On the second day, once they understood the basics of TinkerCAD, instead of just starting to design in the program itself, students then drew their designs with paper and pencil.

“Because when you’re actually designing something as an engineer, you usually start with sketches of what you’re going to do. You don’t start immediately in the simulation; you’re making a prototype.”

So they decided the next step would be for students to make a drawing of their design. “We thought that would be a good place to start so they could get a rough idea of what they wanted to make. I think it’s easier to make changes on paper than it is in the program. It’s easier to visualize the changes. And then they went into the program and tried to replicate this design.”


Joe Muskin explains how TinkerCAD works to a class of Jefferson Middle School students.

Another plus with using online software is that the students didn’t have to be in the classroom to work on their projects. A student with access to an online computer could log into the school’s central account, access their saved project, and work on it anywhere, including at home. “I think a lot of the students did that,” says Peterson, “because it gets them really excited about it.”

Based on what worked well and what didn’t the first time they did it in a classroom, Peterson and Muskin have changed the lesson plans accordingly.

“We had them design the thing first, and then go into CAD,” says Peterson. “But we found that because they hadn’t actually seen the software—there are some limitations to this, obviously; you can’t make very complicated shapes really easily—they were designing stuff that was a little too complicated. So we decided to change it up and give them some experience with this first, to see what its capabilities are, and then start designing it. And that actually helped a lot making the process faster, because they didn’t have to change their design.”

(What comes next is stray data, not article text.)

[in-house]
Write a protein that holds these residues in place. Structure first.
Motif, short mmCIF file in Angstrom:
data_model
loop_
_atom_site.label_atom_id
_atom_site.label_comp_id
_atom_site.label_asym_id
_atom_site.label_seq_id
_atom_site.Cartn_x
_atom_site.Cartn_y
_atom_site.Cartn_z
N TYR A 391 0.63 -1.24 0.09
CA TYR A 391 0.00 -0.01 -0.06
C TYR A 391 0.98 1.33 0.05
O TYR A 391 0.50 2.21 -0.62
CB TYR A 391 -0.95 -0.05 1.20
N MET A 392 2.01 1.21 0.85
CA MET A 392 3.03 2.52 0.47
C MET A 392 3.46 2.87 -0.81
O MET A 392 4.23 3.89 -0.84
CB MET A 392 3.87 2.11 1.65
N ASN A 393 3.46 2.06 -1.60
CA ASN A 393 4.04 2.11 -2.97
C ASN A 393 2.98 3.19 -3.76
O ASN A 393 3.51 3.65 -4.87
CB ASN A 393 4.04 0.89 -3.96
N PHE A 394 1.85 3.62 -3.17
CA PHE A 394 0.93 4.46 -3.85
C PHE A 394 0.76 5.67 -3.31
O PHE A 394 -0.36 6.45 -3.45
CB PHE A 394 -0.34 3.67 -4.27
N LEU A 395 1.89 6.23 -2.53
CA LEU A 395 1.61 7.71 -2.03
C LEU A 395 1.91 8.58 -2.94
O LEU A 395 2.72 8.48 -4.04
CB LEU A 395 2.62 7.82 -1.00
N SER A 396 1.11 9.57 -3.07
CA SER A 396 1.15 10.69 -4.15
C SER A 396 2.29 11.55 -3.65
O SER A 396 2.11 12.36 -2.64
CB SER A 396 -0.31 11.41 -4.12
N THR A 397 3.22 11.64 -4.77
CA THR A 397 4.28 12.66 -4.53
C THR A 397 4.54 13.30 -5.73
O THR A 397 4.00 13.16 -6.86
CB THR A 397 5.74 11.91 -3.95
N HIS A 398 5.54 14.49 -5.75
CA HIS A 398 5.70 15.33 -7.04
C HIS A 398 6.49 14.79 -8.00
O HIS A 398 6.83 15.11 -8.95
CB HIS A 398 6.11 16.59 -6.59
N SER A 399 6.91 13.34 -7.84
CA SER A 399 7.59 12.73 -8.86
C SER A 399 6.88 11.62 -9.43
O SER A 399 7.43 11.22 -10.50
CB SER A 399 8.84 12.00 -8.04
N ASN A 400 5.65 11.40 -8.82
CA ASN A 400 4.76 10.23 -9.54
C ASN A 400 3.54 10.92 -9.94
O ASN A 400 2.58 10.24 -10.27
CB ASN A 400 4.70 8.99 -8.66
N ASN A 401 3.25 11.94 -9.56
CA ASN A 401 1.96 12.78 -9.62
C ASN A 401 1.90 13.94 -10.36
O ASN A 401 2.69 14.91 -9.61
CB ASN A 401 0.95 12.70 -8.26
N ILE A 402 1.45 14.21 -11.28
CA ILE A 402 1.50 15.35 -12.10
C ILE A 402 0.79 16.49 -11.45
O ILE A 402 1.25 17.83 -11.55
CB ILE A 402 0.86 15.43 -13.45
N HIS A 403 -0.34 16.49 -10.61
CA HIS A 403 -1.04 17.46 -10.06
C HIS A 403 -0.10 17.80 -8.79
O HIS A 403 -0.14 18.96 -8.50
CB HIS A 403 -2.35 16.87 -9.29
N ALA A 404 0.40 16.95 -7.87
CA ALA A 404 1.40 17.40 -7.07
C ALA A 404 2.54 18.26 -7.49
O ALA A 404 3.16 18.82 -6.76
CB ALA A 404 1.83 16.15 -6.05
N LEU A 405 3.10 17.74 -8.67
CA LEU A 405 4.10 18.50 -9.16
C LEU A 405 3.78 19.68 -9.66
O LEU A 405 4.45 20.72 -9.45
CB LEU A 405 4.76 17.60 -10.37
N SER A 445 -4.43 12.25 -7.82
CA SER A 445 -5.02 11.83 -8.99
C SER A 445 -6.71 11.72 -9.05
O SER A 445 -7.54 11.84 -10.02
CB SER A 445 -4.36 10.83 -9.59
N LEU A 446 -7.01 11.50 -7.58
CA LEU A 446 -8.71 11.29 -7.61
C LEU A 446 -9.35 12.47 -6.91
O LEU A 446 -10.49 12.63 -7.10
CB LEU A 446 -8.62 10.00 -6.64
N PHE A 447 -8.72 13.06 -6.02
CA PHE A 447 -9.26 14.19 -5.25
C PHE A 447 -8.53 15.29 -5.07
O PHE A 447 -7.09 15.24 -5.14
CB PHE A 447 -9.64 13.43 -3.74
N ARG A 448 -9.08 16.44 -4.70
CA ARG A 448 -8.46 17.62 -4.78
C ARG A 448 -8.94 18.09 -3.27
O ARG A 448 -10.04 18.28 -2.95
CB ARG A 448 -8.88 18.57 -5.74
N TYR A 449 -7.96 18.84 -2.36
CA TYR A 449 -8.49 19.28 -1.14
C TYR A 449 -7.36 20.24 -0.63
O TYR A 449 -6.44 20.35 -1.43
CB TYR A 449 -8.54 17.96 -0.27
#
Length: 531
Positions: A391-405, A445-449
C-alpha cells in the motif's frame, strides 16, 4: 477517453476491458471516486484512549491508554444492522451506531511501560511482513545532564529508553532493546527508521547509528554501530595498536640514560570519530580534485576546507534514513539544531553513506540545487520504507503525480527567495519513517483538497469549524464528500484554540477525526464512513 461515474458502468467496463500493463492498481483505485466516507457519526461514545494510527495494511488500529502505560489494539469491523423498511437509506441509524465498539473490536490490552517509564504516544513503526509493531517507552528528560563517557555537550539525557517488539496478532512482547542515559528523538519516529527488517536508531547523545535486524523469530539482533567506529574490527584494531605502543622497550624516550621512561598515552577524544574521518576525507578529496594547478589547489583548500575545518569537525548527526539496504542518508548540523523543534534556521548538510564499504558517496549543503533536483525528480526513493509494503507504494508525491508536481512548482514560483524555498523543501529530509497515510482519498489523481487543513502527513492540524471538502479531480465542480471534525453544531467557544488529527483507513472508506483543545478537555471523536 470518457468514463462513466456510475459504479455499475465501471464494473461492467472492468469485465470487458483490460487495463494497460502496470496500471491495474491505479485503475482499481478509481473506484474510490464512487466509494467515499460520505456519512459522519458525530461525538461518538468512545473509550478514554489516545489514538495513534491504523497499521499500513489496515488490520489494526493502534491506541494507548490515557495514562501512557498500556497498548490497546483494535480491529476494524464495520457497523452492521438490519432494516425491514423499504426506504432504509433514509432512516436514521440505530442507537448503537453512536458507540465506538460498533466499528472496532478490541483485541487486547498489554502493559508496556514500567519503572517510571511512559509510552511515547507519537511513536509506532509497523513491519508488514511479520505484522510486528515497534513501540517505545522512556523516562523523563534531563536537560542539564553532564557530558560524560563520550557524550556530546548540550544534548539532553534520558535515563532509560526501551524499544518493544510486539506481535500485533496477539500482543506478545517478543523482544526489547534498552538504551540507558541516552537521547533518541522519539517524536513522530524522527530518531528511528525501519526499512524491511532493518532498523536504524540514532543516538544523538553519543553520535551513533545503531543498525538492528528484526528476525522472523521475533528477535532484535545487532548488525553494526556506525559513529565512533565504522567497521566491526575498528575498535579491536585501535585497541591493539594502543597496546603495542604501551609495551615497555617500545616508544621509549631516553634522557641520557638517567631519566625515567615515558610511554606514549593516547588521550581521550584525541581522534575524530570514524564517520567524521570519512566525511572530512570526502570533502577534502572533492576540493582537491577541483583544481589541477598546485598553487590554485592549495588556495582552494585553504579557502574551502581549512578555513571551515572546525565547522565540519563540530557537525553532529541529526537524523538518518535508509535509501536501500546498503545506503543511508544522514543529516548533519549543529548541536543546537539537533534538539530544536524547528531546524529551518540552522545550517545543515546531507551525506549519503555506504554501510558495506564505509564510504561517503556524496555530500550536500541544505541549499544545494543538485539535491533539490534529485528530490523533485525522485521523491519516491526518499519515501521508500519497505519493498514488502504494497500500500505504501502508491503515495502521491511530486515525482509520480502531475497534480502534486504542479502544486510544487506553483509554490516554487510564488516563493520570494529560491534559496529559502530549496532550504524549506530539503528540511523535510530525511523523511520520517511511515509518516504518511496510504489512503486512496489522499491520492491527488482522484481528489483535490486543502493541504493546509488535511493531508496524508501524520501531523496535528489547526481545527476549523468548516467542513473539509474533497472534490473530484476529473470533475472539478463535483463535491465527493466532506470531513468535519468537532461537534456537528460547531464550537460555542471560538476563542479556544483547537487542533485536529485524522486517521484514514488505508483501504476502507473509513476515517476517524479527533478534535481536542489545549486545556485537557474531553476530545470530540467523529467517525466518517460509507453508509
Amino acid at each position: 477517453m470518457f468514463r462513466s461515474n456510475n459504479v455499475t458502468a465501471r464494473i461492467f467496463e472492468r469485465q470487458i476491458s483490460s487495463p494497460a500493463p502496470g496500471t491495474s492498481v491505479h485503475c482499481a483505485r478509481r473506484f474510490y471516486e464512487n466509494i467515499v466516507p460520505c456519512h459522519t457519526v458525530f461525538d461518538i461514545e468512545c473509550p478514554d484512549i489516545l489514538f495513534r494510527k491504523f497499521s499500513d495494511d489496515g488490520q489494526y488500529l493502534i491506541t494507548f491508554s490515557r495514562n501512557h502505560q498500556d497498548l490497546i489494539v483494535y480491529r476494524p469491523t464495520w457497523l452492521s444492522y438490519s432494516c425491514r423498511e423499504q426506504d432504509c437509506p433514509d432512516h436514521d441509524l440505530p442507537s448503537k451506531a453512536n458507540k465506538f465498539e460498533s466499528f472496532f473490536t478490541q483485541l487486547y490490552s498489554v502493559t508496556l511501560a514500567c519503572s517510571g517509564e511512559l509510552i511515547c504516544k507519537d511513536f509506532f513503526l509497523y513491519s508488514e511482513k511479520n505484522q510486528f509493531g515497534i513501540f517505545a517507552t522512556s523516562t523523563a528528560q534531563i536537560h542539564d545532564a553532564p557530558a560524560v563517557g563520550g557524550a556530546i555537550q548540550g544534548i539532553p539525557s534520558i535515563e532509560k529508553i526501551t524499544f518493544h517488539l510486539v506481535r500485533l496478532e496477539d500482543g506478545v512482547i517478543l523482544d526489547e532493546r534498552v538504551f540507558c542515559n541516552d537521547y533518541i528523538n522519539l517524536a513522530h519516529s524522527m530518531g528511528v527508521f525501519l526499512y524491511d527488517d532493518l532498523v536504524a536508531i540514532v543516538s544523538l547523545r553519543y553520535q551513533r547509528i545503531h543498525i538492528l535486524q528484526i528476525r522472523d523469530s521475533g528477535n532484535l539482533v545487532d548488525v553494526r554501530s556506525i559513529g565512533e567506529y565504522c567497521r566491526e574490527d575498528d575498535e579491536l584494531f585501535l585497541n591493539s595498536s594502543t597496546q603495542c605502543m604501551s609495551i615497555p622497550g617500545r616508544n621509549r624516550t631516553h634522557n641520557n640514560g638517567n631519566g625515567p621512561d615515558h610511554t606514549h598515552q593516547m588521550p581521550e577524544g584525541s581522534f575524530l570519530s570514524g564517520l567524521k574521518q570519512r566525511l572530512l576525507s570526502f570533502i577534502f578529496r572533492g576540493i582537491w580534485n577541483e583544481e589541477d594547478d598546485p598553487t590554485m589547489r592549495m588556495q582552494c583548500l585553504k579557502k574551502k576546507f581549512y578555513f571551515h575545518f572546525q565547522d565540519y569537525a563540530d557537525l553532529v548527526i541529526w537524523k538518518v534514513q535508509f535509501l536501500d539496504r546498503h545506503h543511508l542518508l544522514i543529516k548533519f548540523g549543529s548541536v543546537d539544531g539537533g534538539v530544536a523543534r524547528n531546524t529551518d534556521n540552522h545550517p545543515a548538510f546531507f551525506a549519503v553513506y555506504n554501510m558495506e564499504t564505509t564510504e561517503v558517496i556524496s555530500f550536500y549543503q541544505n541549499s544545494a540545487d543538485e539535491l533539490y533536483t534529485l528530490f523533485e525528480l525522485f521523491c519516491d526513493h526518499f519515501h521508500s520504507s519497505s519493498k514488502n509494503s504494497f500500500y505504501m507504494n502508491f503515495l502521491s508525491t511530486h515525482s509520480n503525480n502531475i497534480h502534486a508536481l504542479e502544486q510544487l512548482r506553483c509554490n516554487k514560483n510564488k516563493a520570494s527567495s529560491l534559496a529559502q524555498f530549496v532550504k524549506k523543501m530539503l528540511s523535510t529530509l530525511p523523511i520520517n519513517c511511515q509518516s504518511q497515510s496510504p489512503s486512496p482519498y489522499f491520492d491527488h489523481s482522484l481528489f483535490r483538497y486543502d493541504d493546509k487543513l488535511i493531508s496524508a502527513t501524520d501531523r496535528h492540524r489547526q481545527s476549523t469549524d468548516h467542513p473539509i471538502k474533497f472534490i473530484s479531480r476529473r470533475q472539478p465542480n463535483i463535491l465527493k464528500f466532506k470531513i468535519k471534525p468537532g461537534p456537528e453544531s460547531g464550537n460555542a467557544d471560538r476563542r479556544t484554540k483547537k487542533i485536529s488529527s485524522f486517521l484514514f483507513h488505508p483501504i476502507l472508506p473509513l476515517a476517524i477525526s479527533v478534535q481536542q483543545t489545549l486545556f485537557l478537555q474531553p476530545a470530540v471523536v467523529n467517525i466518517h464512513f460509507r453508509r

There’s another engineering aspect Peterson wants to include: having students go back and make improvements on their design once it's been printed:

“What I want to do in the future is maybe, after they make the first prototype, go back and redo anything they feel they want to change about it. Because once you get to actually hold it, that’s what a prototype is for. You get to see if there’s any changes you want to make. So I think that would be a good next step, if we could do another round. I think it’s maybe have students revisit their designs. I’d like to have them do it immediately after this; they go back. It’s part of the original design.  It might be too expensive to print them twice, but I think it’s good to at least have the students revisit their designs and maybe not print them out again.”


Kitt Peterson works with a middle school student who's having issues with her design.

Indicating that her students, "did a fantastic job!" Lehr also appreciated that her students had a chance to not only create a design, but problem solve and revisit their design to improve it:

"Each student worked hard to create his or her own original design. To do this they had to practice using the CAD program and their design had to meet certain specifications. It required them to problem solve, and complete the process of designing, testing, and redesigning."

Once Peterson and Muskin get all the kinks worked out of their curriculum, they’d like to see it become sustainable in the schools:

“We’re moving toward the teachers being able to teach this by themselves,” says Peterson. However, they’re not working themselves out of a job completely. They also envision scaling up the project down the road:

“We’ve talked about expanding it," admits Peterson. "We’re doing it this year with sixth graders; we were talking about, in the next year, maybe doing one for seventh graders, especially if there are students who did this in sixth grade, it would be nice to do something more in depth, maybe in 8th grade too.”